For a while I’ve been meaning to post some pictures of the inside of our little home. I love it when other blogger families post pictures like these. We’ve been here since last July, and it was a major downsize for us. For those who don’t know, we went from over 2500 square feet to just 900. This meant we had to simplify a lot. I love that we had to do that because we’re down to the basics now, and there is far less cleaning to do. It’s not just our house we clean and maintain, but all the stuff in it.
Today was the prefect opportunity to reclaim the living room. Four kids were away all day, and we all know how easy it is to clean when kids are gone. It’s completely futile to clean when they’re all home! There were papers, toys, and books strewn about, with pet hair in every corner, and everything in the wrong place. Despite that, it took me less than ten minutes to clean up this little room. We’re talking dusting, vacuuming, organizing, and straightening. The boring ivory walls will be a warm, earthy butterscotch yellow soon, considering I love it with the reds, and it will flow into the butterscotch yellow kitchen. In smaller homes it’s best to keep colors uniform to avoid chopping up the space. Remember, this living room serves 7 people. It’s small (11′ x 15′), but we have seating enough all of us, and it helps that we spend a lot of time on the floor. We also have room to dance (a big requirement for us), so we did away with trunks and coffee tables. Instead, we purchased a rustic 1930’s Drexel desk with lots of drawers for storage. Daniel uses it when he works at home:
The desk is a focal point, and the first thing people see when they walk into our front door
We prefer that everything in our house 1) serves a purpose, or 2) makes us happy. If they don’t meet those two requirements, we give it away. The large mirror above the desk reflects the front window. The strange wirey thing to the left is an antique rug beater, and we all know how practical they are in this day & age… haha. No, I just have a thing for very old stuff, so the rug beater makes me smile. The wall hanging at the right was purchased at a spiritual retreat, and it reads: “Humankind has not woven the web of life. We are but one thread within it. Whatever we do to the web, we do to ourselves. All things are bound together. All things connect. -Chief Seattle, 1854.”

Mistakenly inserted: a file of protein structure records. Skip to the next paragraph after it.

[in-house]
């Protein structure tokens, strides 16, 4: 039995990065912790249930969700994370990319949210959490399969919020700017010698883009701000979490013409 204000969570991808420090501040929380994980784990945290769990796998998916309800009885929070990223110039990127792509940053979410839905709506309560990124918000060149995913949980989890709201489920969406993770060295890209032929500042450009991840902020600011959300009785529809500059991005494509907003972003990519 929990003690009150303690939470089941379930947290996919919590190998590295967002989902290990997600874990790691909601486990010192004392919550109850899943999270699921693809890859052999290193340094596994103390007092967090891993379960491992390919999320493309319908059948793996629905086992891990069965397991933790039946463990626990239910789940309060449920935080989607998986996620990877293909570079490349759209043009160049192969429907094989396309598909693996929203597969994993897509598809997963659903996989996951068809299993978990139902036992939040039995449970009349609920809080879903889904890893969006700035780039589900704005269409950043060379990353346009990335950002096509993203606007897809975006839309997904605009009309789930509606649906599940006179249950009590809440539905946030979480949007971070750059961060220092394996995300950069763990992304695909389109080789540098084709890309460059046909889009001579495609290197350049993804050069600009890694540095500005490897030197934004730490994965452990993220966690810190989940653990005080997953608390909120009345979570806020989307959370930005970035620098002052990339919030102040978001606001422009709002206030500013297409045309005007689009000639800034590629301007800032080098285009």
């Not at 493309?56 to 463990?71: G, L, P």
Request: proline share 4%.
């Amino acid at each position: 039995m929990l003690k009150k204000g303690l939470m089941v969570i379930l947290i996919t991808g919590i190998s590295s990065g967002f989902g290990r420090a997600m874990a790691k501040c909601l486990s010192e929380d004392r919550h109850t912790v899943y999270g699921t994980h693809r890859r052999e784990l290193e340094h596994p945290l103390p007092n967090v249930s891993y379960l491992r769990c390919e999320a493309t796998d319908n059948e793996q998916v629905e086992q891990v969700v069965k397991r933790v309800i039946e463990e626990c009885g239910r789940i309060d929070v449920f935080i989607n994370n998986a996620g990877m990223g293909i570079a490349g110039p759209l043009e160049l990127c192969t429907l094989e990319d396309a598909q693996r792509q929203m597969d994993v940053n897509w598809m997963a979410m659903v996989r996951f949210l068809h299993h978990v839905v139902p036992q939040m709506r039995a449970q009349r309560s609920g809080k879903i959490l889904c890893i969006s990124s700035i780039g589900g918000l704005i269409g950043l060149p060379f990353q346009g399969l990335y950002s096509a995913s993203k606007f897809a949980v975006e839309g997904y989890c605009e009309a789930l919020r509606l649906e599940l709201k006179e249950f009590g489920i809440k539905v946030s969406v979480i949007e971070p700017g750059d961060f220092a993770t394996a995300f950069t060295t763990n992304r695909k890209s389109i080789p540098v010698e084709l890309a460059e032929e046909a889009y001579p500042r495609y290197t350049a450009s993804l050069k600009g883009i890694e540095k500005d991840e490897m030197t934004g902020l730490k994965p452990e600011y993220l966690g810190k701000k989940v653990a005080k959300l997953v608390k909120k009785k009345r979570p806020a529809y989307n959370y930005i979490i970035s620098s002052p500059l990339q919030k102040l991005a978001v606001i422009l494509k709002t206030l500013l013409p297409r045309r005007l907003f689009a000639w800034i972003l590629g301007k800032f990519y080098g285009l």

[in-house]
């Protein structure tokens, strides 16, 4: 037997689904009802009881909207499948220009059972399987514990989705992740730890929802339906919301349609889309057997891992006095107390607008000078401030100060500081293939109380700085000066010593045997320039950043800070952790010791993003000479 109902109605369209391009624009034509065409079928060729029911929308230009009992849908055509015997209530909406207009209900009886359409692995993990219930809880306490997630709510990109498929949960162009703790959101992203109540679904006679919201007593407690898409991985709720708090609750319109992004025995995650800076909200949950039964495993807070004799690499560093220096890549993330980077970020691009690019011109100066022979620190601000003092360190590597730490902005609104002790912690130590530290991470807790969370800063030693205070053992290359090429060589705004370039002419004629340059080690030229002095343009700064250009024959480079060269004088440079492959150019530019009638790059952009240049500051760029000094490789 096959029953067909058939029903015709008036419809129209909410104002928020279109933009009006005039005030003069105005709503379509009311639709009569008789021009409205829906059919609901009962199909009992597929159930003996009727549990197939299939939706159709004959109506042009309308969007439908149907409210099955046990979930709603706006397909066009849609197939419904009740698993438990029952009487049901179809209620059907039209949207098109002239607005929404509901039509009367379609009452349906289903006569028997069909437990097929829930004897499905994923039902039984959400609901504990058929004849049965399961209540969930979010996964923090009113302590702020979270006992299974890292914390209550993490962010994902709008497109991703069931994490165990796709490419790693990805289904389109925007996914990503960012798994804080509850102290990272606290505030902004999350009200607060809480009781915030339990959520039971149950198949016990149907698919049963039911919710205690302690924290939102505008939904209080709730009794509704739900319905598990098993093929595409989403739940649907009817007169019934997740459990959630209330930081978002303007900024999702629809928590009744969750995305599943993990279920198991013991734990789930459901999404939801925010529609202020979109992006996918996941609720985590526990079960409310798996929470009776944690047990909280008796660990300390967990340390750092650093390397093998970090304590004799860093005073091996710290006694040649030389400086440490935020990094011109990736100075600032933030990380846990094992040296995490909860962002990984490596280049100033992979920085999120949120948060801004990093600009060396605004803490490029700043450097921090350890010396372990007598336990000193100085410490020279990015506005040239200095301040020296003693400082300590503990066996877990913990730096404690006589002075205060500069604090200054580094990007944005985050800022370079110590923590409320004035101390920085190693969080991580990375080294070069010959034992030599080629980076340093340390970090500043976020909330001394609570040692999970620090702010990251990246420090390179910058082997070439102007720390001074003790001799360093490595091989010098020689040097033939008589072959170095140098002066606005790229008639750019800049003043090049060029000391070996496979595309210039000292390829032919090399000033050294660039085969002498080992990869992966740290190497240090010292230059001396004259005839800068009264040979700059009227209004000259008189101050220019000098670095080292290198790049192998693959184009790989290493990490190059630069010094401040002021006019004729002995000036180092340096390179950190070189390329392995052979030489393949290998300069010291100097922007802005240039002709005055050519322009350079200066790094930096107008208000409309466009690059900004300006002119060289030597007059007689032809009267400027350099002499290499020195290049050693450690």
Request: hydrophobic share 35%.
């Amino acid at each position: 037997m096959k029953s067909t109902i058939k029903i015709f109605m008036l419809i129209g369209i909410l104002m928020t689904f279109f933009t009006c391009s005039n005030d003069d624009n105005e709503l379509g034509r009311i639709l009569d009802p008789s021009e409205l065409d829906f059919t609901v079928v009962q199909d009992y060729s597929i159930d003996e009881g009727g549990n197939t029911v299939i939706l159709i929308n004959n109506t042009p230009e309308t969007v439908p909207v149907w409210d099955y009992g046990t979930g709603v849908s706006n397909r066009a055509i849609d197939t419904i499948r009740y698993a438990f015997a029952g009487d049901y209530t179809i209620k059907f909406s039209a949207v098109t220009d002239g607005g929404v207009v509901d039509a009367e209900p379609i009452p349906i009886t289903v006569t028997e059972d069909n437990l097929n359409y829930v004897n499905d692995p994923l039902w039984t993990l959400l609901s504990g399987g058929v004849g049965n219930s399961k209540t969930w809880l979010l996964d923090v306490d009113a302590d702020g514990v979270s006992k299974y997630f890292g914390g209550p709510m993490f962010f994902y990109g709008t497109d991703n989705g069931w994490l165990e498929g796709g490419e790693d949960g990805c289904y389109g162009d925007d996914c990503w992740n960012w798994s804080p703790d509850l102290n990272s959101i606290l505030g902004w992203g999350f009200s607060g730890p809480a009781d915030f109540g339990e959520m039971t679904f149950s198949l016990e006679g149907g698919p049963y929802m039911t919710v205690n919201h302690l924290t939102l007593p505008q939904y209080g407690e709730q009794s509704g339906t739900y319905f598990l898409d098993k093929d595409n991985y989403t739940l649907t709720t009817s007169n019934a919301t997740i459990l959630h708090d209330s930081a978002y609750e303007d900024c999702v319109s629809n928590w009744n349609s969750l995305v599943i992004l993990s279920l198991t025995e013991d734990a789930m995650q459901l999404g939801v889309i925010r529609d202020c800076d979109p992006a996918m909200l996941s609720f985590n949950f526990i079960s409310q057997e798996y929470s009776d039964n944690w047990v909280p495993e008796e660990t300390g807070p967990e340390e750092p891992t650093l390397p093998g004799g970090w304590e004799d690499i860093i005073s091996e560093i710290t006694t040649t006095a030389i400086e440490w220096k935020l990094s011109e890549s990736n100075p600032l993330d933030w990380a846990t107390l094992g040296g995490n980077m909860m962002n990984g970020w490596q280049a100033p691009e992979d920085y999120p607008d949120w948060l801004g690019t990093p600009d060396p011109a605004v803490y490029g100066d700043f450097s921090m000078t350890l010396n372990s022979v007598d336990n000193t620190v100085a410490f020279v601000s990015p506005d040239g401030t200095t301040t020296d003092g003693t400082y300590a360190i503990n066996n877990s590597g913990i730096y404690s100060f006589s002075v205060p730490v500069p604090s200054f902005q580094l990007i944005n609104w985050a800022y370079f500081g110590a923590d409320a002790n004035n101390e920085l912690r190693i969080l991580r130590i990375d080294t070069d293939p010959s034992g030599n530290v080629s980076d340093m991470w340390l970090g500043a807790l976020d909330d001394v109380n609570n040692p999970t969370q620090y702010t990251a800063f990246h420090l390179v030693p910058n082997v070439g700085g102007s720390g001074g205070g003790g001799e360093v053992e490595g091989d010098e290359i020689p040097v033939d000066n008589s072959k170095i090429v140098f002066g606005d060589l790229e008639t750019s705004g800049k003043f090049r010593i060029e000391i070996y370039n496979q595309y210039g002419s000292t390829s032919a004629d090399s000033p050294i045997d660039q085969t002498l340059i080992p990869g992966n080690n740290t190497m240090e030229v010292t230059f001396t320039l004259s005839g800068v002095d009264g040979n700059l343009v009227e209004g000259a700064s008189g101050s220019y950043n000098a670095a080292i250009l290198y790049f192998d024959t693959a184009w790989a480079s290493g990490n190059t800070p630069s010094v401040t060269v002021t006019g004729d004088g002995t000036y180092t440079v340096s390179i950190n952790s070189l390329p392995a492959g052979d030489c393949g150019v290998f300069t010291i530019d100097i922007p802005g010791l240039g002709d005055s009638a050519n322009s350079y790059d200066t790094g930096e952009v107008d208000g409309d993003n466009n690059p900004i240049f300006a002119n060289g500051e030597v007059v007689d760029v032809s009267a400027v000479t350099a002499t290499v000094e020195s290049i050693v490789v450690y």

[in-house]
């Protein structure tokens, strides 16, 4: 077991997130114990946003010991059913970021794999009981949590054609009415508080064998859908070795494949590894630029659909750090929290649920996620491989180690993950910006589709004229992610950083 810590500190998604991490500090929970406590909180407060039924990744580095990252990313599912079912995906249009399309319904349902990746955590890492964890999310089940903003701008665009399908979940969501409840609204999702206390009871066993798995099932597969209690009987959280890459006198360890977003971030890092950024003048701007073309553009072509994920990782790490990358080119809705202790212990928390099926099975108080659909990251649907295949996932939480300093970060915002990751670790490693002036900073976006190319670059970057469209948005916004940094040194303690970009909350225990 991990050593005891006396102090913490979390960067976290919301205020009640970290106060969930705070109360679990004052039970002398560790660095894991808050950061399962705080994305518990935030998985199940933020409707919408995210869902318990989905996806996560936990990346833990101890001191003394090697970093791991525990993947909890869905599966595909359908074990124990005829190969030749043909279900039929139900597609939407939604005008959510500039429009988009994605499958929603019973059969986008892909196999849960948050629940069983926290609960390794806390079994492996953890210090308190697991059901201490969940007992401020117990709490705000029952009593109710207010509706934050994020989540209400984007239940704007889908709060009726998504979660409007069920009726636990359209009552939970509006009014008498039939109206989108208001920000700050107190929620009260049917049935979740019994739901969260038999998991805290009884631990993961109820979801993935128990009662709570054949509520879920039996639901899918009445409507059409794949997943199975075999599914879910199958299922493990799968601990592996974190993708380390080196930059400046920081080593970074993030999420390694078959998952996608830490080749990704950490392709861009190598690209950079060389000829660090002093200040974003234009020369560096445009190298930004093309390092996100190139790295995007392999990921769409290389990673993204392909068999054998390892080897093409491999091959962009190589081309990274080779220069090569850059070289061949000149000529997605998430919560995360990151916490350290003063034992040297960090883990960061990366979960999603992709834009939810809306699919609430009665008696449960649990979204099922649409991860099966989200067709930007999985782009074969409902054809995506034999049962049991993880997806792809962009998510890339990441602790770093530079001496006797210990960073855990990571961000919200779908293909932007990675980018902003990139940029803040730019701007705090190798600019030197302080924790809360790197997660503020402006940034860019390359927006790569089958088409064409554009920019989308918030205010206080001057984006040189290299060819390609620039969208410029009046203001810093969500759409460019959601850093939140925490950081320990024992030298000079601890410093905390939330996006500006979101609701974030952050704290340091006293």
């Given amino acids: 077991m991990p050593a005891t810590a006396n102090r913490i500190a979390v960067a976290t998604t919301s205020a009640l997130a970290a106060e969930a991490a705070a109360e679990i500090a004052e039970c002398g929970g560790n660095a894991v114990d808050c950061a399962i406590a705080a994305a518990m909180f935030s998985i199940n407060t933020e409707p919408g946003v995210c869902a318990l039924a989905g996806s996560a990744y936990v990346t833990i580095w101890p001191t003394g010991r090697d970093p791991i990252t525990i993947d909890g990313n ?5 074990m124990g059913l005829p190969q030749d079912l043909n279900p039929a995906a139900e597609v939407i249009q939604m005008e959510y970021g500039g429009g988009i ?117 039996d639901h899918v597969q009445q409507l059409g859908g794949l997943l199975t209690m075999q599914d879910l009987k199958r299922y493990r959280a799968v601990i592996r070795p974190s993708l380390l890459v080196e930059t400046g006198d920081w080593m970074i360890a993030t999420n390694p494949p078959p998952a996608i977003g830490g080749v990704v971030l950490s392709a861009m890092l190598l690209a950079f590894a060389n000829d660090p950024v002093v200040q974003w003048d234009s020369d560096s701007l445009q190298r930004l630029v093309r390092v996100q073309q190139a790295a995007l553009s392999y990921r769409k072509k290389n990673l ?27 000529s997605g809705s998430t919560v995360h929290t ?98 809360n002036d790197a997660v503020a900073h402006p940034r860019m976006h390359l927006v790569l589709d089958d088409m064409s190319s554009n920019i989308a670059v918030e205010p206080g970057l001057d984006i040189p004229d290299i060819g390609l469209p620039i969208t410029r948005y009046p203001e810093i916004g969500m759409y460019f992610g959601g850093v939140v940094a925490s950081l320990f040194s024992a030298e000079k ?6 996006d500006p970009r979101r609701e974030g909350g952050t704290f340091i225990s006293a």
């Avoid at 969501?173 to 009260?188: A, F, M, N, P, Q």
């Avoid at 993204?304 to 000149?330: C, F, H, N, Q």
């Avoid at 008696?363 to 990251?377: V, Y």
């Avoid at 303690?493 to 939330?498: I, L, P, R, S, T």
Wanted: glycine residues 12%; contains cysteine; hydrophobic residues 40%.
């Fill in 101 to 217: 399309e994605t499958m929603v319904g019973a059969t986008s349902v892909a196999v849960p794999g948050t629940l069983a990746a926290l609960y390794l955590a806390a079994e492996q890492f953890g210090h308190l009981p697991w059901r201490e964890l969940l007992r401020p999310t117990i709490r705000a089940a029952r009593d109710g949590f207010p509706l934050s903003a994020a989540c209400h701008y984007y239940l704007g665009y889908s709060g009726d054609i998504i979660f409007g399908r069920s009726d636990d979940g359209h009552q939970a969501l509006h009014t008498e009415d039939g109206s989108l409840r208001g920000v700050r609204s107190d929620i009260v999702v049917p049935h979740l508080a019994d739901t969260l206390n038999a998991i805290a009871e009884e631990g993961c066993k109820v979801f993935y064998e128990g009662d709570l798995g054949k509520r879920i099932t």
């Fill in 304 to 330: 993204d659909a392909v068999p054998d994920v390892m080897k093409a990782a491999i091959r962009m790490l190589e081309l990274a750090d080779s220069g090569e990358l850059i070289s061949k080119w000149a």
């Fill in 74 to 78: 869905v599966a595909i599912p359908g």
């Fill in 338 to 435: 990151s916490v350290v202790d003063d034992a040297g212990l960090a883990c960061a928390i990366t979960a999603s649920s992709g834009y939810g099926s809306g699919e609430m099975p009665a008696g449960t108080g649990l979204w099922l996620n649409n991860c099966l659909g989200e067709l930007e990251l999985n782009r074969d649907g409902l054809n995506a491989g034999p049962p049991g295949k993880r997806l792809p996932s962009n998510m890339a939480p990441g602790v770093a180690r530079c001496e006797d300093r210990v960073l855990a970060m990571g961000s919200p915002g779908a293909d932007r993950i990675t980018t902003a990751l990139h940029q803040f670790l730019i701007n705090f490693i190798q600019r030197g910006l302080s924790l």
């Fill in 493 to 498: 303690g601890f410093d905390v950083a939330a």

a little river nook next to the front door
We’re hoping to collect and store all our finds from river walks on this little wooden boat shelf. For now, it holds a few books and some potpourri. Daniel found this discarded item when we lived at our last home (in perfect condition), and a talented artist had painted a beautiful river scene on the side. This was an item I was stubborn about keeping, but it took me a long time to find the perfect location for it, so it almost didn’t make the cut. Above it is a picture of our guru on a boat in Mexico.
This old hutch/shelf is a work in progress, just like the rest of the house. I’ve never been happy with the shelf set-up. The lower cabinet stores photo albums, DVD’s, and CD’s. We don’t hang onto our books any more unless they’re extreme favorites, or ones we need access to for a while. Our larger book shelf is in the sunroom, and we like to keep this one pretty cleared off. If you haven’t noticed, when a shelf is overstuffed, the mind begins to feel weighed down. According to Feng Shui, we should always have the sense that there is room for more. Again, this shelf needs work… maybe a focal point, a plant, I’m not sure. It sits near the sofa, and makes a great end table while sipping tea.
closet door and decorative chair
The little cane seat chair is one of my favorite, very old pieces. I love old wood. It’s not just decorative, but practical, too. Amelie loves getting on and off of it. In front of the chair is the old, original iron floor vent cover. The masks above are from Africa, and the red one is from our trip to Ethiopia. And of course, the hooks serve as hat hangers in the Summer, and coat hooks in the Winter. The small wooden barrel hides our recycling items, which comes in quite handy. Final Note: I cannot stand the hollow closet door (hollow doors, yuck). We’ll be replacing it with a solid wood door, and stain it to match the wood trim. The whole room still feels incomplete- i.e. in need of family photos and paint.
Minimal. That’s what we go for, both natural and minimal to keep housekeeping simple, yet warm. It’s not easy to keep things simple because I enjoy browsing antique shops, and could easily fill up the space too much. If I do buy extra things, I almost always cycle something else out of the house, and it keeps things fresh.
Until we paint the walls, that’s the end of our teeny living room tour. Thanks for coming!